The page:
Tiefling: Most Tieflings are a hard sell for a Ranger given their poor ability spread.

Standard: Not very useful for Rangers.

Devil’s TongueSCAG:Not very useful for Rangers.

FeralSCAG: The intelligence bonus is wasted, but if used in conjunction with another variant it might be viable.

HellfireSCAG:Not very useful for Rangers.

WingedSCAG:Not very useful for Rangers.

AsmodeusMToF: Not very useful for Rangers.

BaalzebulMToF: Not very useful for Rangers.

DispaterMToF:Not very useful for Rangers.

FiernaMToF:Not very useful for Rangers.

GlasyaMToF: The stealth options are somewhat useful, but otherwise not ideal.

LevistusMToF:Not very useful for Rangers.

MammonMToF:Not very useful for Rangers.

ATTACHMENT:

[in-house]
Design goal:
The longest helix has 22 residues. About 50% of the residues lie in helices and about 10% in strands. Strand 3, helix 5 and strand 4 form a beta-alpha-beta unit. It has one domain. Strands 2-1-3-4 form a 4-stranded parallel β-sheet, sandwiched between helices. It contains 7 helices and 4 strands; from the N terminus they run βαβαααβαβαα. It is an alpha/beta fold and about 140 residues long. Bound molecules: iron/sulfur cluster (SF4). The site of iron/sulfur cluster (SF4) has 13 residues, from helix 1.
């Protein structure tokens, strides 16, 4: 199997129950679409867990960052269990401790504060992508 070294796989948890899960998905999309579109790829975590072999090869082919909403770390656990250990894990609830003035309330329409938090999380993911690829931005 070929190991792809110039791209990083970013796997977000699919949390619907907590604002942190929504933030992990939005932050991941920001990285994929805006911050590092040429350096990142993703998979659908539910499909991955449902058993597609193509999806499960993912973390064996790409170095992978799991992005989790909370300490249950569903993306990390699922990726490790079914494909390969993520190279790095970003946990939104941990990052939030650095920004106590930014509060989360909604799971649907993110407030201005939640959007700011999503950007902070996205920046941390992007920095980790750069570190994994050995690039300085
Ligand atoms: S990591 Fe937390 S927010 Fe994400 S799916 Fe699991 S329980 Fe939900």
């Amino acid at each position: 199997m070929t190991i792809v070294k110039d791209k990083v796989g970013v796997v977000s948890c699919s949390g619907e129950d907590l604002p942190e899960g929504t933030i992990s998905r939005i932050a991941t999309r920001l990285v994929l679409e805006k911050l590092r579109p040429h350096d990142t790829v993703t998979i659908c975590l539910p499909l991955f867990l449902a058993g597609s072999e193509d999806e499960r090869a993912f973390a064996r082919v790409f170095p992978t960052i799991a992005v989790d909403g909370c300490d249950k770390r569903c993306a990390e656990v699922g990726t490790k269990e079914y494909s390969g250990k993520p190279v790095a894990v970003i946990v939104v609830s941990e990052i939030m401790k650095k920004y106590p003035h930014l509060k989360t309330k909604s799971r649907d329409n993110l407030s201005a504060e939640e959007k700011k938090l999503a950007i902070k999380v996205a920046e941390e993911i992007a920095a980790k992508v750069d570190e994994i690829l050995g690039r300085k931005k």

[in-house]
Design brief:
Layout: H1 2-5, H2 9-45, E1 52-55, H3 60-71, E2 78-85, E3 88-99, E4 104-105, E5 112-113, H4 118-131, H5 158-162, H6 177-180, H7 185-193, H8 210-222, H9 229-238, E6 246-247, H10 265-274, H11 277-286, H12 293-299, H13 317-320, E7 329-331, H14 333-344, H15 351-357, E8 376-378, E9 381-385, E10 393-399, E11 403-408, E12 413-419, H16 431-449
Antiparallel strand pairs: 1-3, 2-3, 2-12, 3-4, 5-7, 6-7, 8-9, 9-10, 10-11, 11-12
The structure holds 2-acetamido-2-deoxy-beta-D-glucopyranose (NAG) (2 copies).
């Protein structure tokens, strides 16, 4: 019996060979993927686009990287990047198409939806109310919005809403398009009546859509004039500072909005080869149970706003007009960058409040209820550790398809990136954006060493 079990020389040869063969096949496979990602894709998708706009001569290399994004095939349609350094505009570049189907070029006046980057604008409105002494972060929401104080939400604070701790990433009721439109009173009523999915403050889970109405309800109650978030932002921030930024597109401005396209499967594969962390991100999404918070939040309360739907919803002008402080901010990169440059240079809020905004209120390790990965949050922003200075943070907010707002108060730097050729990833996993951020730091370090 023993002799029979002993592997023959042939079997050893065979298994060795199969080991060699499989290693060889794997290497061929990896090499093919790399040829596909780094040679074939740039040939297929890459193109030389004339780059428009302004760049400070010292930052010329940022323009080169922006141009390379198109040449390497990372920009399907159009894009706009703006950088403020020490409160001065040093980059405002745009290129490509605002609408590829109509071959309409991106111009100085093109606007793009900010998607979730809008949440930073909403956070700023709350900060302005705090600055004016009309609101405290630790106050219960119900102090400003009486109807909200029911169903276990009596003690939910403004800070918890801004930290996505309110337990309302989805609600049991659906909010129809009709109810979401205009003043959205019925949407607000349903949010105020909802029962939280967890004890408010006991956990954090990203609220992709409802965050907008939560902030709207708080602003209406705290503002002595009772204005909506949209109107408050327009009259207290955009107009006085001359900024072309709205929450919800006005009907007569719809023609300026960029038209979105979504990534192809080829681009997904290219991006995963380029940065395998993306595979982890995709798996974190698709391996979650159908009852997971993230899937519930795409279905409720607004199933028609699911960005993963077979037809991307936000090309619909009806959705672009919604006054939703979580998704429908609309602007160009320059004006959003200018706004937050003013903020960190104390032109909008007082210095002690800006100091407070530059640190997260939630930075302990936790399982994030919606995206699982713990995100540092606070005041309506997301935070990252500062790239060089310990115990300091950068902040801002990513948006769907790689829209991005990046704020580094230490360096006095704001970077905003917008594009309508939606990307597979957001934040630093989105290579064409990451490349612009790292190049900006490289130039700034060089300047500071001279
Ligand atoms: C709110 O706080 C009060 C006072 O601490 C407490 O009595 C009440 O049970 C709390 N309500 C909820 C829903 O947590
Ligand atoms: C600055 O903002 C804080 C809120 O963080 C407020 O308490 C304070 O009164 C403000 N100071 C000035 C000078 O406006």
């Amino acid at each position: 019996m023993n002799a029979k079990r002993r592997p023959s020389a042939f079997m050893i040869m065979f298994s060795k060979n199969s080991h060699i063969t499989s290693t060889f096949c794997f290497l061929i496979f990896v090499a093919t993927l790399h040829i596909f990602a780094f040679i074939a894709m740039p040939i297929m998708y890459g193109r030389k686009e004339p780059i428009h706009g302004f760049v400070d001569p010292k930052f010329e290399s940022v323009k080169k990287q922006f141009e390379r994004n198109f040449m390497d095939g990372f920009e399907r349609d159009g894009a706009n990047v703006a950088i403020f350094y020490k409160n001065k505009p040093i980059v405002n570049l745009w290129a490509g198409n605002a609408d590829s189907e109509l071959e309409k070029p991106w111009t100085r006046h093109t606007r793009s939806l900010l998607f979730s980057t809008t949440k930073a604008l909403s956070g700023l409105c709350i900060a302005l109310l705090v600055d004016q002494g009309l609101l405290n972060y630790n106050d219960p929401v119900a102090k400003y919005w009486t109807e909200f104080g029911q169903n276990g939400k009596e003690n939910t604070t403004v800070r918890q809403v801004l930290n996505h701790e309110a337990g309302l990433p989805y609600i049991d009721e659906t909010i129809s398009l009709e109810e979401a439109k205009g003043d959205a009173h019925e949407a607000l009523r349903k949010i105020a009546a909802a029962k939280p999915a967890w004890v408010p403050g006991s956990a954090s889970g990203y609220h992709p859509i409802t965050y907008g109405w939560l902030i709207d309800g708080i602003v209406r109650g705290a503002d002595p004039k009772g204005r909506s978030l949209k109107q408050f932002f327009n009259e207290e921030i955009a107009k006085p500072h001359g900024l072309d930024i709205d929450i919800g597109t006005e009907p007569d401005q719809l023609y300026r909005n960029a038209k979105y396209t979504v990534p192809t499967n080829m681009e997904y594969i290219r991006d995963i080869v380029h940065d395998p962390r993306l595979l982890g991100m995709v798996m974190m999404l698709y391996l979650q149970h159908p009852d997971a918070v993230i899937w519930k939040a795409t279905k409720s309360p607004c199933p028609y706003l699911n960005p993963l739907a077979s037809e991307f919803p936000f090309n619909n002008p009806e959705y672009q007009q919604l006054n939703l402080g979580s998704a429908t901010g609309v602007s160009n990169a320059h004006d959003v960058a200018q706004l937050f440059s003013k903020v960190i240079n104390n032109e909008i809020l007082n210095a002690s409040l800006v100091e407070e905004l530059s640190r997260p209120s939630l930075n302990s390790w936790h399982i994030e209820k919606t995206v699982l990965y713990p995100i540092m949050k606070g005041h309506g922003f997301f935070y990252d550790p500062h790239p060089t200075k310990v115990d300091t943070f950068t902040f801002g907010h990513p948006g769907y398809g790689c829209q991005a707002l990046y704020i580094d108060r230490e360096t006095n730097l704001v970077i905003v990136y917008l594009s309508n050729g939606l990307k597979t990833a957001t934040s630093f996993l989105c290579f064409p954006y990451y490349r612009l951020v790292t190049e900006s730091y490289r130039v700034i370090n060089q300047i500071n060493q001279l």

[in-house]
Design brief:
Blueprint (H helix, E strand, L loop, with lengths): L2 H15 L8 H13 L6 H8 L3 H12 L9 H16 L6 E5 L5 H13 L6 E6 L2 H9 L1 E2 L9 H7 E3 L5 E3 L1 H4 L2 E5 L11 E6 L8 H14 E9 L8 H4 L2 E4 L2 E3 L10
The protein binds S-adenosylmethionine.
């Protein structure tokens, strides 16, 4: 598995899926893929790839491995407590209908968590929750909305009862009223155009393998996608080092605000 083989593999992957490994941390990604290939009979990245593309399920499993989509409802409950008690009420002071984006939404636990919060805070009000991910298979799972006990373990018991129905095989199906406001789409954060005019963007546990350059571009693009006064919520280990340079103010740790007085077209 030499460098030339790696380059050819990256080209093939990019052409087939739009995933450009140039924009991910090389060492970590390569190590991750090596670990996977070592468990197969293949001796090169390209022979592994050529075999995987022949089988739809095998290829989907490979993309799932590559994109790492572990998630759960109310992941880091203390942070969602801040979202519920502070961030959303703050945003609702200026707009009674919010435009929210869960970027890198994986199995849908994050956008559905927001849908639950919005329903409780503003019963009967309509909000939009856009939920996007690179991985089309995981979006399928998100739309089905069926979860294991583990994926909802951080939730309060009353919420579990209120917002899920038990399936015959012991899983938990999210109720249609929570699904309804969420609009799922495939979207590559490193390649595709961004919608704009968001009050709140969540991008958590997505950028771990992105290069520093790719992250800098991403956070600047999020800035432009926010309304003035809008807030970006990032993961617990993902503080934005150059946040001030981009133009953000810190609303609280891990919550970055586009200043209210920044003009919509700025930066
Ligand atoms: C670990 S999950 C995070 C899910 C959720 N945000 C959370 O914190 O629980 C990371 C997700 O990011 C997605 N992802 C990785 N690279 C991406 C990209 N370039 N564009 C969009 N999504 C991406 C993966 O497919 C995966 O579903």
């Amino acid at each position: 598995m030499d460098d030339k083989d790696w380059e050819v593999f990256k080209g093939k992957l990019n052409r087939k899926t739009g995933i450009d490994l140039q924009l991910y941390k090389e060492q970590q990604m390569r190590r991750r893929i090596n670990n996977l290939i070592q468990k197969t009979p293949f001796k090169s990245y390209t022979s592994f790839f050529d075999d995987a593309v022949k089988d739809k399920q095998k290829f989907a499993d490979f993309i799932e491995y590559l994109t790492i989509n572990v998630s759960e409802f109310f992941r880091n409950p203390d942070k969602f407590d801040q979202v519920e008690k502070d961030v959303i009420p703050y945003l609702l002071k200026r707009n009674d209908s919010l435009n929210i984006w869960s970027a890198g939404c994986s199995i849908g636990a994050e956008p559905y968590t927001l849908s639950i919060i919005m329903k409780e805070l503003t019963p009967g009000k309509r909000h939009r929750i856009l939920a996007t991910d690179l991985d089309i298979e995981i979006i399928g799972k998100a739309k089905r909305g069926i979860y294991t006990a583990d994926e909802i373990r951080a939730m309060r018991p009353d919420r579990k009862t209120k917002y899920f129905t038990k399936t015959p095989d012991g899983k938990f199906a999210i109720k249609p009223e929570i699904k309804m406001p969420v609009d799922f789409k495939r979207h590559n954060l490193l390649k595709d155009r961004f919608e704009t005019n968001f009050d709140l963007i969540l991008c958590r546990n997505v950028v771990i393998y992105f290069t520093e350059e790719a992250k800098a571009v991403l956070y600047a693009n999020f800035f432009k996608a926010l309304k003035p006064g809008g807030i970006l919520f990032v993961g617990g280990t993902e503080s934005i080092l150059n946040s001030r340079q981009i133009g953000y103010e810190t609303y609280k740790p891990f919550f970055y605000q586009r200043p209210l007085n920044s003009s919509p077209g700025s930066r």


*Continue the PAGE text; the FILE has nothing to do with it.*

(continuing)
MephistophlesMToF:Not very useful for Rangers.

ZarielMToF:Not very useful for Rangers.

TortleXGE/TP: Tortle Natural Armor seamlessly replaces Medium armor, so a Strength-based Ranger can get away with having +0 to Dexterity and not lose a step there. Survival as a bonus proficiency.

TritonVGtM: Only partially useful, as it doesn’t do anything to augment the spellcasting.

Yuan-Ti PurebloodVGtM: Not useful for Rangers.

Eberron Races

ChangelingERLW:Shapechanger is a neat ability, but not very useful for a Ranger.

KalashtarERLW: Not useful for Ranger.

OrcERLW: Not useful for Ranger.

ShifterERLW: Shifter offers some depth to a Ranger’s abilities, though shifting in conjunction with your Hunter’s Mark as a bonus action may offer some tough choices.

Beasthide: Only for a Strength-based build.